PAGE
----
I had taken classes at various schools in Burbank. I very briefly studied with Anthony Montes and was also tutored by the well-regarded Brionne Davis.

Now that I’m bank on the East Coast, I love getting to the beach, because the Atlantic is my first love, as well as the seafood.

Can you tell us the most interesting story that happened to you since you began your career?

What I can say is that I’ve had the best opportunities to work with some very nice A-List Actors; Richard Cabral (from Mayans MC), Michael Pare’, (I was a background actor on the set of ‘Traded, directed by Timothy Woodward, Jr., who’s work I absolutely love), Don Cheadle, Kristen Bell, John Stamos, Mary Steenburgen, Patrick Stewart; getting to meet and speak with John Blyth Barrymore (Drew’s brother), Claire Foy (she was just beautiful and down to earth), Kim Estes, Kate Linder, Patrika Darbo. There’s just so many. I’ve passed actors in stores, nodded to them and kept walking. I feel for me the most interesting story is being in a town where I never thought I’d be and here I am in the same market as an actor I’ve seen in movies and television.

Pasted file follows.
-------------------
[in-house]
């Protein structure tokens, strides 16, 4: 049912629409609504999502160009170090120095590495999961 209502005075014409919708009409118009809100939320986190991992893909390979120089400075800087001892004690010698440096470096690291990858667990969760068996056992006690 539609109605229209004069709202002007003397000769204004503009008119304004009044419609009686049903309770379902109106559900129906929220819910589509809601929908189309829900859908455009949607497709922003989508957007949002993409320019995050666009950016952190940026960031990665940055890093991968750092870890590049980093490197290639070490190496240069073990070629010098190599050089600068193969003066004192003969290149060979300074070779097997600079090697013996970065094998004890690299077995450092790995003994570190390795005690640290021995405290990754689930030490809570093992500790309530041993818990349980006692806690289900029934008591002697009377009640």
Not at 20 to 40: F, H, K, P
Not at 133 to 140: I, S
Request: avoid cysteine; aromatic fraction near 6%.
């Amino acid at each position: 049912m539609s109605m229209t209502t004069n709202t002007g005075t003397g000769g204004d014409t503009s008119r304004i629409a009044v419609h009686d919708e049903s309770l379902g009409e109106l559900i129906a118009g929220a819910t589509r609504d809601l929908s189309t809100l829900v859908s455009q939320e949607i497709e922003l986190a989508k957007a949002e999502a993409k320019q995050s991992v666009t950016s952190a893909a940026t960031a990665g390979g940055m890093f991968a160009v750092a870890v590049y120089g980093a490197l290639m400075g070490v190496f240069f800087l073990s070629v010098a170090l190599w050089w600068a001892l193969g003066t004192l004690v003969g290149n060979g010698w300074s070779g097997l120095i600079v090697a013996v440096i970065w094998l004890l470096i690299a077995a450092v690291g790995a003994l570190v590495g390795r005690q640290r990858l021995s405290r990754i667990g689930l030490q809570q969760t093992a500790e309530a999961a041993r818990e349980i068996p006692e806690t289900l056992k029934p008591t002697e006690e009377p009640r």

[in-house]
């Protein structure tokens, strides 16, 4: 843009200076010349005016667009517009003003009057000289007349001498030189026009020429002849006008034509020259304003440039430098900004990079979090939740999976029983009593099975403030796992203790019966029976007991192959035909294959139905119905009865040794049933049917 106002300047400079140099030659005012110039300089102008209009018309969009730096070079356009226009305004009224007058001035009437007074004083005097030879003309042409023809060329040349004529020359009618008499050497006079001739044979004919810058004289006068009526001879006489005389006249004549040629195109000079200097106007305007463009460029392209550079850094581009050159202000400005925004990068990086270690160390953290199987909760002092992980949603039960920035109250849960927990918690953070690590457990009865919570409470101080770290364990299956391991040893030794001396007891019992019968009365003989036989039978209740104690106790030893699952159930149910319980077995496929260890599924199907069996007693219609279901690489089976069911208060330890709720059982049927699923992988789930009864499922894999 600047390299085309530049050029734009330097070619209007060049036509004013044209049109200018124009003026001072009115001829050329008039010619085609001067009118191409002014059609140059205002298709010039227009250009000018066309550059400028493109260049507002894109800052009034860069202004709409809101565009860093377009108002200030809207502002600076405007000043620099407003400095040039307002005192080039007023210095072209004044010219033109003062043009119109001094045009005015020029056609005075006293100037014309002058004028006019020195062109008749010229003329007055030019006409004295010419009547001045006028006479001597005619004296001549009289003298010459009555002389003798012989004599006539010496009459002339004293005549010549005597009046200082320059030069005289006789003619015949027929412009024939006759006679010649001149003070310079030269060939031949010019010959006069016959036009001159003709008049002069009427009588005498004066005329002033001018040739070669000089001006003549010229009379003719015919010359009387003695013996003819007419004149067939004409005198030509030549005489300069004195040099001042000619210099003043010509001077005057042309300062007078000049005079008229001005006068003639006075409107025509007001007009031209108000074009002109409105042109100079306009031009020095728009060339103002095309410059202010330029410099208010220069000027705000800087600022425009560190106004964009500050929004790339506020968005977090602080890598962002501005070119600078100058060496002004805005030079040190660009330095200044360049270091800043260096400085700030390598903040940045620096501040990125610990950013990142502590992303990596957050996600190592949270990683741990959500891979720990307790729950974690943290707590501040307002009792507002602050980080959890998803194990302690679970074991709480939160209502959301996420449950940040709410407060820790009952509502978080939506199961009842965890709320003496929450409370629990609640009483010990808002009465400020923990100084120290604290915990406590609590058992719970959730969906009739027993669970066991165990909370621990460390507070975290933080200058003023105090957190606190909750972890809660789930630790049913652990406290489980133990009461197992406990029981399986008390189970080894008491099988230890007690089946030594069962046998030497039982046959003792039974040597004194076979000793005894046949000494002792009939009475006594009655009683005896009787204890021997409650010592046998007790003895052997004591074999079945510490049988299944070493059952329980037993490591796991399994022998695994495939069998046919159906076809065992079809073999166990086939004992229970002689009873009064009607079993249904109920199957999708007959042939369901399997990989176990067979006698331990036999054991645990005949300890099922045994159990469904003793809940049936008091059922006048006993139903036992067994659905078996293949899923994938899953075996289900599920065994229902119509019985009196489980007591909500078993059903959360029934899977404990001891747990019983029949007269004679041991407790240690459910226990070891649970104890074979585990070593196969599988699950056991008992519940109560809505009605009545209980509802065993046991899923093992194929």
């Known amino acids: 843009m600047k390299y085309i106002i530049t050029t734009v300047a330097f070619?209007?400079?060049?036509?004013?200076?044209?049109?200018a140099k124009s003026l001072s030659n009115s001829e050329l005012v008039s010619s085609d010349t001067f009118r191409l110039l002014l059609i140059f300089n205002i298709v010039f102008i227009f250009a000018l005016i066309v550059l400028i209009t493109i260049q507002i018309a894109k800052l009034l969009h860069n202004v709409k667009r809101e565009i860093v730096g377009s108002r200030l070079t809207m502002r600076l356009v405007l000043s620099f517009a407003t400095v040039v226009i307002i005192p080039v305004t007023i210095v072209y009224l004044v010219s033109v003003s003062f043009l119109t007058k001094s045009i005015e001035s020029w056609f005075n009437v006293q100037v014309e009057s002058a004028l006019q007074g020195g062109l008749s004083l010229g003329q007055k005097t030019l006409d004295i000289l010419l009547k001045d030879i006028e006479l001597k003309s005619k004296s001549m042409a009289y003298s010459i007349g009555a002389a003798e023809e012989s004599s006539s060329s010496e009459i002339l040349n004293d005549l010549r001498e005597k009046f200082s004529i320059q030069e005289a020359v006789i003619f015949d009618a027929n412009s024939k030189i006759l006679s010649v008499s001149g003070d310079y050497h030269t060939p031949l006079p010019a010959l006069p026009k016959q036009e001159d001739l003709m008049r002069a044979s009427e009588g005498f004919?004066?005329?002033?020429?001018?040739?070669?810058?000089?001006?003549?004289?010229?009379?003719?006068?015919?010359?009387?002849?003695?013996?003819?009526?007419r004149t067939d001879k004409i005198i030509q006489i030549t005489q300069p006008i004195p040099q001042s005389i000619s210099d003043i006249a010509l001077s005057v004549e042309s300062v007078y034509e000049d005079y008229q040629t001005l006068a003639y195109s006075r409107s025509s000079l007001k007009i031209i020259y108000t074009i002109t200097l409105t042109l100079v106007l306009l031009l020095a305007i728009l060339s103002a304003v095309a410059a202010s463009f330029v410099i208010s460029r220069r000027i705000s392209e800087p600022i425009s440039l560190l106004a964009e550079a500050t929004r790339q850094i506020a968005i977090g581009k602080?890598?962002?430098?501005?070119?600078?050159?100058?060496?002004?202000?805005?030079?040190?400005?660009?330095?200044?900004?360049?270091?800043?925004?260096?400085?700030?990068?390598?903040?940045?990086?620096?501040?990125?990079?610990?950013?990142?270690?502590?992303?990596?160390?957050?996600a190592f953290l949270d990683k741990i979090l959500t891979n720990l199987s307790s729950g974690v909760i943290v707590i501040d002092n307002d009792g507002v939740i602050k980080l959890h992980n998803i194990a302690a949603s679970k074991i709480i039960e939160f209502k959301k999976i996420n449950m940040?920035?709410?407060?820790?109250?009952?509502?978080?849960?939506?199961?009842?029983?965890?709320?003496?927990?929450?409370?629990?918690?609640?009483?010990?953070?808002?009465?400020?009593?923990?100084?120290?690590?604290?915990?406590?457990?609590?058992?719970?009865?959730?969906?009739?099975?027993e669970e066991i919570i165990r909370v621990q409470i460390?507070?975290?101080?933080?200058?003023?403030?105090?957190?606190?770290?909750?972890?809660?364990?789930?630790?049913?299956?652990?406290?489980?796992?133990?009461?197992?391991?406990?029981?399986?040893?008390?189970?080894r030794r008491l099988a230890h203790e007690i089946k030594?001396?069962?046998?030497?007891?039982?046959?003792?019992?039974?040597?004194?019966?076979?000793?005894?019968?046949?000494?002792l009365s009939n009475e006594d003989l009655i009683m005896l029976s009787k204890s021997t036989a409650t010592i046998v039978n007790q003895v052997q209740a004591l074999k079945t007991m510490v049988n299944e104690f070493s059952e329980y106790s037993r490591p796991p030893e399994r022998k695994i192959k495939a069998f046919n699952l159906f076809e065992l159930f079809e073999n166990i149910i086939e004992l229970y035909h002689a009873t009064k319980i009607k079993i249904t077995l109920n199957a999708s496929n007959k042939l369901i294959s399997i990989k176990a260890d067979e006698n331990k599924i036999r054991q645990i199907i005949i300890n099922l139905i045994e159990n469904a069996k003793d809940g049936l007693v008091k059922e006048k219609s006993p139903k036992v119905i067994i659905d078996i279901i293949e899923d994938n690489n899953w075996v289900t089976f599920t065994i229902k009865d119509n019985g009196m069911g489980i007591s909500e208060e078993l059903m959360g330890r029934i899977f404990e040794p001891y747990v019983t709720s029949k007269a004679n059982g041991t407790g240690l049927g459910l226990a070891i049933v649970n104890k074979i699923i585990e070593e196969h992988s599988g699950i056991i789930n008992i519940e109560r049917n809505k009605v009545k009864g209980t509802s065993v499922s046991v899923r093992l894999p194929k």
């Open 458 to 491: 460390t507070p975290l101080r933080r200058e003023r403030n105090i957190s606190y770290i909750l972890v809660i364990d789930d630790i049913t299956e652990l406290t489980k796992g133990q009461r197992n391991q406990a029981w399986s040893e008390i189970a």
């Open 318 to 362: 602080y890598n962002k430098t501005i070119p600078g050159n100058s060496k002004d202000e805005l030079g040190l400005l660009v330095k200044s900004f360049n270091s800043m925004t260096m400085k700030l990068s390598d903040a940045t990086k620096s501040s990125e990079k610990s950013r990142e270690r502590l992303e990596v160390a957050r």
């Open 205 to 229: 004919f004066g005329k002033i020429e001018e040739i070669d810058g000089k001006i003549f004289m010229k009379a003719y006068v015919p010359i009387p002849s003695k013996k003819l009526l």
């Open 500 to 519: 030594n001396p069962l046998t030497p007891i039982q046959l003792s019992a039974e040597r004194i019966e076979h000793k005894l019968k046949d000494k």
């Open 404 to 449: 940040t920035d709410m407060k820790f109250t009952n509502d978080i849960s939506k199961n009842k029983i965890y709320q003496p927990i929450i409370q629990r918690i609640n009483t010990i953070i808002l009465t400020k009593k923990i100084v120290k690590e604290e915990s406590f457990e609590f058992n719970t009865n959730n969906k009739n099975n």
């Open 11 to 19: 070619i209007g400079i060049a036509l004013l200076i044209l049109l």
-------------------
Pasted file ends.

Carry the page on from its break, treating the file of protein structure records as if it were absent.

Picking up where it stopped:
Can you share a story about the funniest mistake you made when you were first starting? Can you tell us what lesson you learned from that?

Gosh, I make mistakes every day; we all do. What I can tell you is that I’m a ‘set clown’. Growing up I’d always been silly in school; I absolutely suck at telling jokes but my sarcasm tends to leak out at times. After fifty (50) years you’d think I’d have it under control. Nope, diarrhea of the mouth. As soon as I open my mouth, everyone’s asking me where in New York I’m from. I’m not. I’m from Boston. My dialect is a mix of Boston and SE Massachusetts. I’m not sure why people love it and I’m still asked to ‘pahk the cah in the yahd’. (Do people do this to Adam Sandler and Donnie Wahlberg?) There’ve also been times that I was given the nickname ‘Boston’ on set because it was the easiest way for them to remember and refer to me. I felt that that was always fun.

None of us can achieve success without some help along the way. Is there a particular person who you are grateful towards who helped get you to where you are? Can you share a story about that?